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International Egg and Poultry Review

by 5m Editor
17 March 2004, at 12:00am

By the USDA's Agricultural Marketing Service - This is a weekly report looking at international developments concerning the poultry industry, this week following the latest news on the U.S. Free Trade Agreements with Thailand and Morocco.

International Egg and Poultry Review - By the USDA's Agricultural Marketing Service - This is a weekly report looking at international developments concerning the poultry industry, this week following the latest news on the U.S. Free Trade Agreements with Thailand and Morocco.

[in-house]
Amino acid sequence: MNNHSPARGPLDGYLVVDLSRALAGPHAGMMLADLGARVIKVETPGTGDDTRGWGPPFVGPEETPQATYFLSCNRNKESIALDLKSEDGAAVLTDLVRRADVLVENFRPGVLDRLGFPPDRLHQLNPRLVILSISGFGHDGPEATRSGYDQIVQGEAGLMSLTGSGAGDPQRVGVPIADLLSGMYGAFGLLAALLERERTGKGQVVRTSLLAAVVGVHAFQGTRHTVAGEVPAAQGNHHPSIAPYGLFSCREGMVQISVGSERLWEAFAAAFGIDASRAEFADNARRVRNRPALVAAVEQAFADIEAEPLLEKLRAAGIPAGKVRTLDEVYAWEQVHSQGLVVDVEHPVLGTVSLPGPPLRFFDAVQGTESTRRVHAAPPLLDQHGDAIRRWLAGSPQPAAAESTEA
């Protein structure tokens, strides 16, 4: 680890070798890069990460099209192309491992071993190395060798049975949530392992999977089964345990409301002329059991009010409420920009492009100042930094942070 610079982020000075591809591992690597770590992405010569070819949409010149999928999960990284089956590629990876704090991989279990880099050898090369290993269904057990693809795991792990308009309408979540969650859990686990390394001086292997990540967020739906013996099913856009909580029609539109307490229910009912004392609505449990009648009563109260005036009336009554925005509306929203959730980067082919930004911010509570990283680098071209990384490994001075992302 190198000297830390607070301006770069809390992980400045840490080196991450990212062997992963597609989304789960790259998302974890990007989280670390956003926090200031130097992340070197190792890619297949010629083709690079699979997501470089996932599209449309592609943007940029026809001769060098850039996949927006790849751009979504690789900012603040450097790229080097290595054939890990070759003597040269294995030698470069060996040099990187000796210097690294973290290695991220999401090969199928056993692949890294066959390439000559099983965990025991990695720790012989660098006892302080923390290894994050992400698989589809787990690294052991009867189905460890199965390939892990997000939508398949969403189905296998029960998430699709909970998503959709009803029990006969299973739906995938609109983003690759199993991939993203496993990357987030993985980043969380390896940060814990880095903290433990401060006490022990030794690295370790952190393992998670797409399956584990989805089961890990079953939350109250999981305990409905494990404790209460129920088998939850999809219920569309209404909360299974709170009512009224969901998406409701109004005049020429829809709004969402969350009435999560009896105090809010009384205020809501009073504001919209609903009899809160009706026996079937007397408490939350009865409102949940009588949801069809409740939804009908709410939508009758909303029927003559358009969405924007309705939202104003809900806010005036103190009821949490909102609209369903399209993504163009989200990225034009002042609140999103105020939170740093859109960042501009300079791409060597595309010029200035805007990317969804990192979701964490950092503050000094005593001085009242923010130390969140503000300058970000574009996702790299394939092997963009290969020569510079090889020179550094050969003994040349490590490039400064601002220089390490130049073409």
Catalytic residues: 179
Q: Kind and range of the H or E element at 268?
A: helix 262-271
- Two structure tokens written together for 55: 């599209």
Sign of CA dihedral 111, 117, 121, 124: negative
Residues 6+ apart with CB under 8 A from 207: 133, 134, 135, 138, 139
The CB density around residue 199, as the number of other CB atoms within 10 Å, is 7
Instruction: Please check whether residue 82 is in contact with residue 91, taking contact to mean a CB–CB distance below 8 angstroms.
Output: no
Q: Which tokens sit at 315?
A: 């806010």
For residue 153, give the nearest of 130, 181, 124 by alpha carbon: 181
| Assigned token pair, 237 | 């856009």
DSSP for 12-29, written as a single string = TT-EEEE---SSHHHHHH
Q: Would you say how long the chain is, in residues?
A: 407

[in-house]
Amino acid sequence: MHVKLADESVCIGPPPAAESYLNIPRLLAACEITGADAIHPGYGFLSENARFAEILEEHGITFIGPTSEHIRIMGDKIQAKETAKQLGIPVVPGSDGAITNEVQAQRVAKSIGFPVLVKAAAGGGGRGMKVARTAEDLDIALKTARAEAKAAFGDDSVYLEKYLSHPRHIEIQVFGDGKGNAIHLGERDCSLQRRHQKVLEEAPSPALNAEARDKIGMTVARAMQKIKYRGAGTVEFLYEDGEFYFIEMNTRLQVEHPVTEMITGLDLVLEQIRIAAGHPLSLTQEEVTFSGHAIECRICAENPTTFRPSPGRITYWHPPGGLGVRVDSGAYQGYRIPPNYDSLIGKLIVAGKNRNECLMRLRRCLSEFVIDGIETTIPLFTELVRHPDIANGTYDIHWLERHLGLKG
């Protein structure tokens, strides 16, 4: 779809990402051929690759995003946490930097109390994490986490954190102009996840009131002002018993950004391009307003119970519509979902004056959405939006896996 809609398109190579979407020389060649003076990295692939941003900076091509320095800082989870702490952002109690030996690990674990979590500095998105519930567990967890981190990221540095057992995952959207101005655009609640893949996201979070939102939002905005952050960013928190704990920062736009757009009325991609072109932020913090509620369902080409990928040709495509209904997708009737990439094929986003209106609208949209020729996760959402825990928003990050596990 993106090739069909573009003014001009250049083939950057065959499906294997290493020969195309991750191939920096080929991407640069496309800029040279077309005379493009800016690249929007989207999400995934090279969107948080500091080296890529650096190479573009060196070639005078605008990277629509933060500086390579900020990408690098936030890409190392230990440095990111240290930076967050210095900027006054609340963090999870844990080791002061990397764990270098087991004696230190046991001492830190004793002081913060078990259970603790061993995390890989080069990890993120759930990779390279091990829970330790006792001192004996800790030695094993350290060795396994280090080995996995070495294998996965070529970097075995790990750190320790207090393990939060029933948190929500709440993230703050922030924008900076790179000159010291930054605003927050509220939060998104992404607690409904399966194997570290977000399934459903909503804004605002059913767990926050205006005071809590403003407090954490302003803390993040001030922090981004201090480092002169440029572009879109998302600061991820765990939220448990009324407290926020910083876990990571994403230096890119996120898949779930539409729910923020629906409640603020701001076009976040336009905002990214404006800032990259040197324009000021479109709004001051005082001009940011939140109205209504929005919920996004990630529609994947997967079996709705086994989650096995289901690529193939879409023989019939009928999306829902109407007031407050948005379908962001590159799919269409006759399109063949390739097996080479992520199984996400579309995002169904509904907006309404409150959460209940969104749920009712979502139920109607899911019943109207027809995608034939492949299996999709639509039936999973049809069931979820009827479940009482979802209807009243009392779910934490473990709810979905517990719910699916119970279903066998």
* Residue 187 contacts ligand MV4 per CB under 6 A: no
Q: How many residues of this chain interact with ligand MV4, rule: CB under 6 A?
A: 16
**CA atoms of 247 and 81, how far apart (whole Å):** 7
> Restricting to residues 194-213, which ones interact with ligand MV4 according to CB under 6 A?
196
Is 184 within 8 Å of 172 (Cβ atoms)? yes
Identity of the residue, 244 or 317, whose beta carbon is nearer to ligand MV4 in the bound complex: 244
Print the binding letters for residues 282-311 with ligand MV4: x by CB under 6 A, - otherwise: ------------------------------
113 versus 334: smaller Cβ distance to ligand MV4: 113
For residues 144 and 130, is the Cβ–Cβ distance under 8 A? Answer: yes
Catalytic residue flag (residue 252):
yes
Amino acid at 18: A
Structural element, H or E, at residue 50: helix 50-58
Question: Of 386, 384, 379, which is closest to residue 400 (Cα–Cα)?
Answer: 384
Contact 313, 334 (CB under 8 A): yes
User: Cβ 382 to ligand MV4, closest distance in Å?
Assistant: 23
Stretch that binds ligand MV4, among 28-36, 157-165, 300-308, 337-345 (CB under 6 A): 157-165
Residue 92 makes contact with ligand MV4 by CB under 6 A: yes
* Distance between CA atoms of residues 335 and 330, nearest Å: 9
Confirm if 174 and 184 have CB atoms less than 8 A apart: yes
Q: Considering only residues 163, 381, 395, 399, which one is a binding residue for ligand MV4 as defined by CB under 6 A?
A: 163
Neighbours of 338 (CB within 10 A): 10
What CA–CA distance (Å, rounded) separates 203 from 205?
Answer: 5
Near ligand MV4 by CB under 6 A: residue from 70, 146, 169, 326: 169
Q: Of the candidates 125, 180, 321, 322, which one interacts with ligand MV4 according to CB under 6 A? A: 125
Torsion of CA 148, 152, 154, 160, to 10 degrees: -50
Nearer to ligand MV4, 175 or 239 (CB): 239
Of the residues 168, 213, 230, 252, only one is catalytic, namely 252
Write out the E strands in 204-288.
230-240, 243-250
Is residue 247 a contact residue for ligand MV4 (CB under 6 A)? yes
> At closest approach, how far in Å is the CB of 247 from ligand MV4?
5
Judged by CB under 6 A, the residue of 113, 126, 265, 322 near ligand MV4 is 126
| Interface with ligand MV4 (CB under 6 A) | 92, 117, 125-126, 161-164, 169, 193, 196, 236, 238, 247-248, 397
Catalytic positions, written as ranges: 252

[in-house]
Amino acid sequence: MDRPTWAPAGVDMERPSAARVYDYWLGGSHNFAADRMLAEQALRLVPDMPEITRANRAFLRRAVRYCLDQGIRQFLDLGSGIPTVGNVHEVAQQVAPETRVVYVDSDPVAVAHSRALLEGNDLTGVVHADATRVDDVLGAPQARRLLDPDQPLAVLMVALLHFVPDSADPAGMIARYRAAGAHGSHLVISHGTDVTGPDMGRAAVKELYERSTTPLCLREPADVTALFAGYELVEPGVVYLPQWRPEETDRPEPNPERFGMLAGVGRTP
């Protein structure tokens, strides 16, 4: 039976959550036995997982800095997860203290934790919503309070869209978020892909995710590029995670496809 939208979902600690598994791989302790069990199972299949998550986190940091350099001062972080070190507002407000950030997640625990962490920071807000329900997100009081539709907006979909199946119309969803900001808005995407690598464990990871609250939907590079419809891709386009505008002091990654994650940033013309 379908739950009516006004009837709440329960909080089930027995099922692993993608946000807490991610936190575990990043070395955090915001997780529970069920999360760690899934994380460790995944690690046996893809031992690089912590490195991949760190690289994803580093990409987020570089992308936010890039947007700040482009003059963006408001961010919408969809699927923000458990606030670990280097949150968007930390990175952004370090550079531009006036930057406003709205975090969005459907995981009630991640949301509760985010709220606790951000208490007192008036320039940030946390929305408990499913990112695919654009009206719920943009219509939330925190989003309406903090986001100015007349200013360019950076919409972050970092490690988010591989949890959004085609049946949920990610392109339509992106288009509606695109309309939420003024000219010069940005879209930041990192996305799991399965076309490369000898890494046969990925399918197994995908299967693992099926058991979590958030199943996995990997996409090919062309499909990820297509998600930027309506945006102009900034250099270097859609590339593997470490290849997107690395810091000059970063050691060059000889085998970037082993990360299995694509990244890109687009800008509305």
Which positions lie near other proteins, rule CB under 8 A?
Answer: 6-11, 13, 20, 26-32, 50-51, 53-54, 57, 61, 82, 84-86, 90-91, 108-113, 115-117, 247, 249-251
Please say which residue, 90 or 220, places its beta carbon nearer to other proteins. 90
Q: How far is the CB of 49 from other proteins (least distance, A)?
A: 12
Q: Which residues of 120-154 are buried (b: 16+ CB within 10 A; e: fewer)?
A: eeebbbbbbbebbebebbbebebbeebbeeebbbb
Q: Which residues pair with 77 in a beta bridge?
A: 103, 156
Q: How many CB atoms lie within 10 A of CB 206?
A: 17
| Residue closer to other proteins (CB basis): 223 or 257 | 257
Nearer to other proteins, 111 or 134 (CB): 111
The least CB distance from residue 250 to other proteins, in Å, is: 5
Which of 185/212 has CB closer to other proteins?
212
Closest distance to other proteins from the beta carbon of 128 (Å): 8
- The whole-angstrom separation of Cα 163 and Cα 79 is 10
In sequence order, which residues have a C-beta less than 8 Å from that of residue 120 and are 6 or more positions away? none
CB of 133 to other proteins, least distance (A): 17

Russia

Russia is starting to feel the squeeze from not only the Avian Influenza situation, but also from a few of the country's prior decisions and their timing. At the end of 2003, Russian poultry traders aggressively brought in supplies to meet their domestic demand, increasing 2003 imports, which were set at 744,000 metric tons (MT.) The increase served as the basis for the 2004 allocations, 1,050,000 MT. The end result was the expansion of domestic stocks at the end of 2003.

Yet, products are not arriving in Russia at normal intervals, due to poultry quota implementation problems and a month-long delay of the distribution of import licences to Russian importers. Even though this problem has been arighted, normal flows of poultry into Russia will not resume until the first half of March 2004, due to shipping times from North and South America.